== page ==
THE “SOUNDS” PROJECT
The SOUNDS European Training Network (ETN) revolves around a new and promising paradigm coined as Service- Oriented, Ubiquitous, Network-Driven Sound. Inspired by the ubiquity of mobile and wearable devices capable of capturing, processing, and reproducing sound, the SOUNDS ETN aims to bring audio technology to a new level by exploiting network-enabled cooperation between devices. We envision the next generation of audio devices to be capable of providing enhanced hearing assistance, creating immersive audio experience, enabling advanced voice control and much more, by seamlessly exchanging signals and parameter settings, and spatially analyzing and reproducing sound jointly with other nearby audio devices and infrastructure. Moreover, such functionality should be self-organizing, flexible, and scalable, requiring minimal user interaction for adapting to changes in the environment or network. It is anticipated that this paradigm will eventually result in an entirely new way of designing and using audio technology, by considering audio as a service enabled through shared infrastructure, rather than as a device-specific functionality limited by the capabilities and constraints of a single user device.
To attain this paradigm shift in audio technology not only requires additional research but also calls for a new generation of qualified researchers with a transdisciplinary and international scientific profile, strong collaborative research and research management skills, and the intersectoral expertise needed to carry research results from academia to industry. It is believed that the SOUNDS ETN will offer the best possible framework for achieving these goals, by organizing advanced interdisciplinary research training, developing solid transferable skills, and providing intersectoral and international experience in a network of qualified and complementary industrial and academic institutions.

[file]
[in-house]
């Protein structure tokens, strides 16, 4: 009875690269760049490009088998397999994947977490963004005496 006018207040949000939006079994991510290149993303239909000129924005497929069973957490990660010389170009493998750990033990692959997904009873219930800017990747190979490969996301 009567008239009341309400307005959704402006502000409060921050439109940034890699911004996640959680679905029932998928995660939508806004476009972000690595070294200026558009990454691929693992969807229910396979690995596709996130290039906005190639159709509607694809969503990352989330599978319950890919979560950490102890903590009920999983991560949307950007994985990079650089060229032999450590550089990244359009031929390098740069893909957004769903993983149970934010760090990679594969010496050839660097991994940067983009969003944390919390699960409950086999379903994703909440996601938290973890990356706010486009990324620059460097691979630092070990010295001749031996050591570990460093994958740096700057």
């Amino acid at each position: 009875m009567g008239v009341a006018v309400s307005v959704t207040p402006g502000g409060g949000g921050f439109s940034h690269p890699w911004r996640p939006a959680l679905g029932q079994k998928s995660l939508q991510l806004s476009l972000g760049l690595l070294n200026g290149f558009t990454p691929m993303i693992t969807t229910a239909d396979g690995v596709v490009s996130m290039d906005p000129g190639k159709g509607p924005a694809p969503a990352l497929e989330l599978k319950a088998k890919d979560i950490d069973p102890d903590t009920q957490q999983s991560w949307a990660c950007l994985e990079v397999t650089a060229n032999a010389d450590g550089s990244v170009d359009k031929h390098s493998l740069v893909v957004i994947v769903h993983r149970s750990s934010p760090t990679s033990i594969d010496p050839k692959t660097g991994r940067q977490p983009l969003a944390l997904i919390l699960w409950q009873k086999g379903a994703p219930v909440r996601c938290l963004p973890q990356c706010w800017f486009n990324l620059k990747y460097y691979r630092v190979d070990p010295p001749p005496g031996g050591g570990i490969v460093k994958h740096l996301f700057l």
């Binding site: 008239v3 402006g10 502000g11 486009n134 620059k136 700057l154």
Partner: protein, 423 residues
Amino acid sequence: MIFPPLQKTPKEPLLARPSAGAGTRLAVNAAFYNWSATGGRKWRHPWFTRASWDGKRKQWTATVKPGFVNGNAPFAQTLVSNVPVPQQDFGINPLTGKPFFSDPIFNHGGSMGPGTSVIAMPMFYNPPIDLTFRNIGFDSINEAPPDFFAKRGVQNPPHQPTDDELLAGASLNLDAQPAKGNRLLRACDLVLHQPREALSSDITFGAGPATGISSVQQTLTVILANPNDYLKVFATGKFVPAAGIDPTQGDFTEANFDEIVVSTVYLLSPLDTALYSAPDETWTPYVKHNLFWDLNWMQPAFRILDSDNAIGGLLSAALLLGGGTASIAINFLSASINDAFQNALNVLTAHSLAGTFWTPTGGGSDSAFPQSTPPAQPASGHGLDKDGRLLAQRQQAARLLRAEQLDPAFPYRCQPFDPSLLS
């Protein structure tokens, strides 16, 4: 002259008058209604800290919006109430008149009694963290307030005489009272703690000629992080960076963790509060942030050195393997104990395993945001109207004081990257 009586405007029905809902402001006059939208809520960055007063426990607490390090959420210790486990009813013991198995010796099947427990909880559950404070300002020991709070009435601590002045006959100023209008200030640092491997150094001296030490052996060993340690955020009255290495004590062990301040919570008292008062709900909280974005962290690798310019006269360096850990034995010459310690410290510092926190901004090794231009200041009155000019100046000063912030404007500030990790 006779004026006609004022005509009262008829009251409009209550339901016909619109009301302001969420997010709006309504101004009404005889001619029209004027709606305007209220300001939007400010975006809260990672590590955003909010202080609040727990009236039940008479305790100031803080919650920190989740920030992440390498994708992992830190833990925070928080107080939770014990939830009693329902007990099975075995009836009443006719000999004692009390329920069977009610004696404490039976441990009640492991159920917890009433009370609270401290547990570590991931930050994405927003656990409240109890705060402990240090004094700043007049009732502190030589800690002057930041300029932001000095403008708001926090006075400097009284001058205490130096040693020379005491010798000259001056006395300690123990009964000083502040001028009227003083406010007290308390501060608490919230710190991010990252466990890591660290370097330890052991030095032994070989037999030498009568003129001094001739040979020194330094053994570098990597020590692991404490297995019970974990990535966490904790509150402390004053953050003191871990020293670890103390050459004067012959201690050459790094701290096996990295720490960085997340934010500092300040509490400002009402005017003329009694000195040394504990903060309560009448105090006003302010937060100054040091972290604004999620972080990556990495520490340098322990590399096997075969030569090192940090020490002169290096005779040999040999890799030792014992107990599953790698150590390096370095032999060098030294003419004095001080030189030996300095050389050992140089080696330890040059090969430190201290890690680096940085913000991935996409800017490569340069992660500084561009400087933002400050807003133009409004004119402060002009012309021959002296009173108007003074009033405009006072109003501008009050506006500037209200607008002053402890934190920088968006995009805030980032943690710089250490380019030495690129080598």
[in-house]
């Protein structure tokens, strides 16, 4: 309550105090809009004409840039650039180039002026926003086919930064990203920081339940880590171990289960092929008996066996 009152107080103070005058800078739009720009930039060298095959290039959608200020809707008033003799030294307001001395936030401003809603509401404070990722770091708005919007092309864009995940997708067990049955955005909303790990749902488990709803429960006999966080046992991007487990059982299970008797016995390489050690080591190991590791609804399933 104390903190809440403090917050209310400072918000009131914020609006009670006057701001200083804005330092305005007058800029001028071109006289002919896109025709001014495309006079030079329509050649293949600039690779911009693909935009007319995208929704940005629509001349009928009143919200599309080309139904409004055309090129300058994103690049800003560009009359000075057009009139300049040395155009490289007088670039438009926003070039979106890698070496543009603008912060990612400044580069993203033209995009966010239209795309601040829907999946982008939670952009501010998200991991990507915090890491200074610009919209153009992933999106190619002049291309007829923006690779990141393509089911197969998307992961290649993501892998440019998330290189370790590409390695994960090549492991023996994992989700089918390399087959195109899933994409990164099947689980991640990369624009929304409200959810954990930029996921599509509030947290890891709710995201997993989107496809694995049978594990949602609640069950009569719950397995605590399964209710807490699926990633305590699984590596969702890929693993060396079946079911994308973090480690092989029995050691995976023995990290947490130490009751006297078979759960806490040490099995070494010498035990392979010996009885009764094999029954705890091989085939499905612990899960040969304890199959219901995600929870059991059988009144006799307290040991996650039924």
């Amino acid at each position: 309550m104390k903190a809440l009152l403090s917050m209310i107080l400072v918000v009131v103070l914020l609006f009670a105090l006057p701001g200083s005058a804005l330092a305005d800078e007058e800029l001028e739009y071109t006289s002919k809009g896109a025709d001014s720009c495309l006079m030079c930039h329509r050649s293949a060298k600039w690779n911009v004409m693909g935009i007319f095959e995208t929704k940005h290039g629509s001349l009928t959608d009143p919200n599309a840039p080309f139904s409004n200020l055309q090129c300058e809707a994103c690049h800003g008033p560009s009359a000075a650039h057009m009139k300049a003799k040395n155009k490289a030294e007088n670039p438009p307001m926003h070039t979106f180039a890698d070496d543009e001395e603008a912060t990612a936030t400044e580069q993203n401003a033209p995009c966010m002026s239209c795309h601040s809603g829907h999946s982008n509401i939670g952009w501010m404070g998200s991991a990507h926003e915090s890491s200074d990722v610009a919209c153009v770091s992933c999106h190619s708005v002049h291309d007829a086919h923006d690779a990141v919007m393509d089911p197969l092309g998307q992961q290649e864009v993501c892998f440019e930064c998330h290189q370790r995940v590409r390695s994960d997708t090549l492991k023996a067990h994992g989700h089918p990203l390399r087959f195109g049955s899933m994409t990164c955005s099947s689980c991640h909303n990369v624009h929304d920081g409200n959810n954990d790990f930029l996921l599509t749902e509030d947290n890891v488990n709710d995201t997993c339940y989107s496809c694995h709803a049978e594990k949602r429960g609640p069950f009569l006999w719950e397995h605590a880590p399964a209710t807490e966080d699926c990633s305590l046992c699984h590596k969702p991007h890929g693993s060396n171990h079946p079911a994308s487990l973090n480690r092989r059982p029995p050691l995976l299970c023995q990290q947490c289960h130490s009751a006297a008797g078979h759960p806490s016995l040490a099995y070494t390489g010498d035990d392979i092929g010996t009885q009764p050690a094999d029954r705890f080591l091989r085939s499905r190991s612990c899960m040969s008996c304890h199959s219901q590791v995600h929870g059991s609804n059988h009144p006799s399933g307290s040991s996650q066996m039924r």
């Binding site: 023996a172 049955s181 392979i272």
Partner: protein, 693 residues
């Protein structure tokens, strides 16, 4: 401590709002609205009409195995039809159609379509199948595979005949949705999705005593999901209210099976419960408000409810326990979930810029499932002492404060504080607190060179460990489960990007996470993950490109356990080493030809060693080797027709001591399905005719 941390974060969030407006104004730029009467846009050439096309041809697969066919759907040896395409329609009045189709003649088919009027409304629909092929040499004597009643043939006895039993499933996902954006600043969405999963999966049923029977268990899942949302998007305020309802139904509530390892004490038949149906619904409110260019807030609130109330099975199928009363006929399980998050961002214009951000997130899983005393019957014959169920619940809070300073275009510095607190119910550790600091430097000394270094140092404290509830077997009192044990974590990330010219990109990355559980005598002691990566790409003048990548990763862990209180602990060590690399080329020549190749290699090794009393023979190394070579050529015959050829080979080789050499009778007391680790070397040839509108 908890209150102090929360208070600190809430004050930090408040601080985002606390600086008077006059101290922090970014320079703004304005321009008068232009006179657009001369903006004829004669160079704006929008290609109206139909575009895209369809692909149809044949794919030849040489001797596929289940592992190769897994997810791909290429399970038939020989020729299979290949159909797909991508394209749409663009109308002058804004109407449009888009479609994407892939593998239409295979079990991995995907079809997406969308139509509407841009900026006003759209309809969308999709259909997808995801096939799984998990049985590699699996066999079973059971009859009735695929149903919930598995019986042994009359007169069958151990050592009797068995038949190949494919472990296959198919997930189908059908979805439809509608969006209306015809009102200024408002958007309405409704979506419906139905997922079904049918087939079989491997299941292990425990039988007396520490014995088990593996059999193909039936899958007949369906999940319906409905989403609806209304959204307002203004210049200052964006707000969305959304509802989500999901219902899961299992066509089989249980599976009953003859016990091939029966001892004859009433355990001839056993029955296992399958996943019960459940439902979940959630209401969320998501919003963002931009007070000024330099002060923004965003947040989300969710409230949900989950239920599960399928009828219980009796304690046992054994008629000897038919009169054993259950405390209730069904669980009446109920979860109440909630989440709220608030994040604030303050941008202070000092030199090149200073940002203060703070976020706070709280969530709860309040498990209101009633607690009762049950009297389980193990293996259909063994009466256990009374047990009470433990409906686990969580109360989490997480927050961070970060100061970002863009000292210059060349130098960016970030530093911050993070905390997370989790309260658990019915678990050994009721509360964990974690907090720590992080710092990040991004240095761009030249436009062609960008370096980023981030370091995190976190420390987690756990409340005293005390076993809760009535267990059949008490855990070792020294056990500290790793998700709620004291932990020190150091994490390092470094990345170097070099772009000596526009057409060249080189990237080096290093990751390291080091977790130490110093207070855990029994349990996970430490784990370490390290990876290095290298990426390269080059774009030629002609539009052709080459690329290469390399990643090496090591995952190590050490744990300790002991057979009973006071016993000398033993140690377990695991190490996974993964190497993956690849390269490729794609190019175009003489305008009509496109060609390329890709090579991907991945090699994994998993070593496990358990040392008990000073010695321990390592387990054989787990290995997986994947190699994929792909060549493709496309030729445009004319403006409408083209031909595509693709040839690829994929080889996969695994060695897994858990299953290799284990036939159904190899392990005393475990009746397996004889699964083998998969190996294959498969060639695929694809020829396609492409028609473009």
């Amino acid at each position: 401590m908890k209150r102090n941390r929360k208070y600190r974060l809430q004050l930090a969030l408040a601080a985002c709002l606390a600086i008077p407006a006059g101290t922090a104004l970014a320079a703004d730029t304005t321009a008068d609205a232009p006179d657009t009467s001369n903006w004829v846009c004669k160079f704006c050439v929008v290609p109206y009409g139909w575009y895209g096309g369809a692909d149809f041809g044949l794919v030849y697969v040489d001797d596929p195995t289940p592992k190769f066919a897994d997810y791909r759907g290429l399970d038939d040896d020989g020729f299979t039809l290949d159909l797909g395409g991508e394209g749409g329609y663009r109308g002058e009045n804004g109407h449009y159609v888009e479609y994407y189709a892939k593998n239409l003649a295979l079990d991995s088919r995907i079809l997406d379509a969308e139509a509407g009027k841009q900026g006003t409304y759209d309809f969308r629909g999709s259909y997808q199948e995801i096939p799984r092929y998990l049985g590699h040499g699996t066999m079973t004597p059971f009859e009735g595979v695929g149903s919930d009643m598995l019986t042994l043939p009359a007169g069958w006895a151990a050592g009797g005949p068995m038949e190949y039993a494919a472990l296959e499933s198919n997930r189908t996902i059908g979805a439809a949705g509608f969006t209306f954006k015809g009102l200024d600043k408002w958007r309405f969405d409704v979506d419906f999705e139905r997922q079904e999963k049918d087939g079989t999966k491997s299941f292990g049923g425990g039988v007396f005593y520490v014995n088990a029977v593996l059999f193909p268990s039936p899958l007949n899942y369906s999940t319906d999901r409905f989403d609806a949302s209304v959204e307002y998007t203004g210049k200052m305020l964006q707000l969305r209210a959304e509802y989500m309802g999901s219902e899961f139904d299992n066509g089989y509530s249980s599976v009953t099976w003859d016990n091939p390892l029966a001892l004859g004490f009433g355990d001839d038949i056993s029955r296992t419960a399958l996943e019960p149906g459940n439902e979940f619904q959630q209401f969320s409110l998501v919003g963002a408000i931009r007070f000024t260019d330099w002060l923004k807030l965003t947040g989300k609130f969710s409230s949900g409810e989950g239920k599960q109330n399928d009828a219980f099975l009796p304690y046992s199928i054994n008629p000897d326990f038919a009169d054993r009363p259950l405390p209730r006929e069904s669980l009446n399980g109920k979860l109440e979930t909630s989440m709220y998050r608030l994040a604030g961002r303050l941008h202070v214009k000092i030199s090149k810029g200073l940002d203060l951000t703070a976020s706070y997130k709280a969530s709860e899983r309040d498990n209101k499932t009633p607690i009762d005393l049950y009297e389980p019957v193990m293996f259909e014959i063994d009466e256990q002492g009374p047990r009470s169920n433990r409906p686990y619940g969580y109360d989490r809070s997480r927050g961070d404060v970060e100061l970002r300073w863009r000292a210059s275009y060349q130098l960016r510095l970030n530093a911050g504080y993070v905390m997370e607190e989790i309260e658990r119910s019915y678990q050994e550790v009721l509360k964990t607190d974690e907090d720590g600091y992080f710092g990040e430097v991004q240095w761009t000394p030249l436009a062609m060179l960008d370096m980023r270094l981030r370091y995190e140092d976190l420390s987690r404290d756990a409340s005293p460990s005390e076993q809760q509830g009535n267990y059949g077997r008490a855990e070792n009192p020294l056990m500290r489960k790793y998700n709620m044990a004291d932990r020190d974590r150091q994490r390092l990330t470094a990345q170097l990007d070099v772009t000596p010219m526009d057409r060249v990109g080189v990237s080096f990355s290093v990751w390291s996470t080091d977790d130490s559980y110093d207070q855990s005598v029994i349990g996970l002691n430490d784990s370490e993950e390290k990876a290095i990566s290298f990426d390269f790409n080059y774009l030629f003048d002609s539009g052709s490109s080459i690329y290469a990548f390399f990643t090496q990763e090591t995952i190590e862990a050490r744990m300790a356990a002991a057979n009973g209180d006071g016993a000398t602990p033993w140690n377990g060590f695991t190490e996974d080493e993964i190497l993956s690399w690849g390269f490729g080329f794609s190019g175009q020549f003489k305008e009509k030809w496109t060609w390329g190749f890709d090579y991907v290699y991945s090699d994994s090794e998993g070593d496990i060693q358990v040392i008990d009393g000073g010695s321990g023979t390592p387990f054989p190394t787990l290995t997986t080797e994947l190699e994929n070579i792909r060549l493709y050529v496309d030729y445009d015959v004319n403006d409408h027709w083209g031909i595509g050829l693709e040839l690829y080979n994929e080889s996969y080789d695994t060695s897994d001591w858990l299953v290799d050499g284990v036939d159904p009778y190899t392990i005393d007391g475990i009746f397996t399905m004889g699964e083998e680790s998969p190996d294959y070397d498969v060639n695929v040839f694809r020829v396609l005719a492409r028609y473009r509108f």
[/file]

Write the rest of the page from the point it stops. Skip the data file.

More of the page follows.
The SOUNDS ETN strongly values research integrity, actively supports open access and reproducible research, and strives for diversity and gender balance in its entire research and training program. The SOUNDS ETN adheres to The European Charter for Researchers and The Code of Conduct for the Recruitment of Researchers.
Profile of the candidate:
The candidate has a Master degree in audio processing, acoustics, information theory, statistical signal processing, estimation theory, adaptive signal processing, or machine learning.
Excellent proficiency in the English language is required, as well as good communication skills, both oral and written.
Candidates must satisfy the eligibility conditions for MSCA Early Stage Researchers, they must have obtained their Master degree in the past 4 years and must not have resided or carried out their main activity (work, studies, etc.) in Denmark for more than 12 months in the past 3 years
You may obtain further information from Professor Jan Østergaard, Department of Electronic Systems, phone: 99408693, email:
PhD stipends are allocated to individuals who hold a Master's degree. PhD stipends are normally for a period of 3 years. It is a prerequisite for allocation of the stipend that the candidate will be enrolled as a PhD student at the Technical Doctoral School of IT and Design in accordance with the regulations of Ministerial Order No. 1039 of August 27, 2013 on the PhD Programme at the Universities and Certain Higher Artistic Educational Institutions. According to the Ministerial Order, the progress of the PhD student shall be assessed every six months. It is a prerequisite for continuation of salary payment that the previous progress is approved at the time of the evaluation.
The qualifications of the applicant will be assessed by an assessment committee. On the basis of the recommendation of the assessment committee, the Dean of the Technical Faculty of IT and Design will make a decision for allocating the stipend.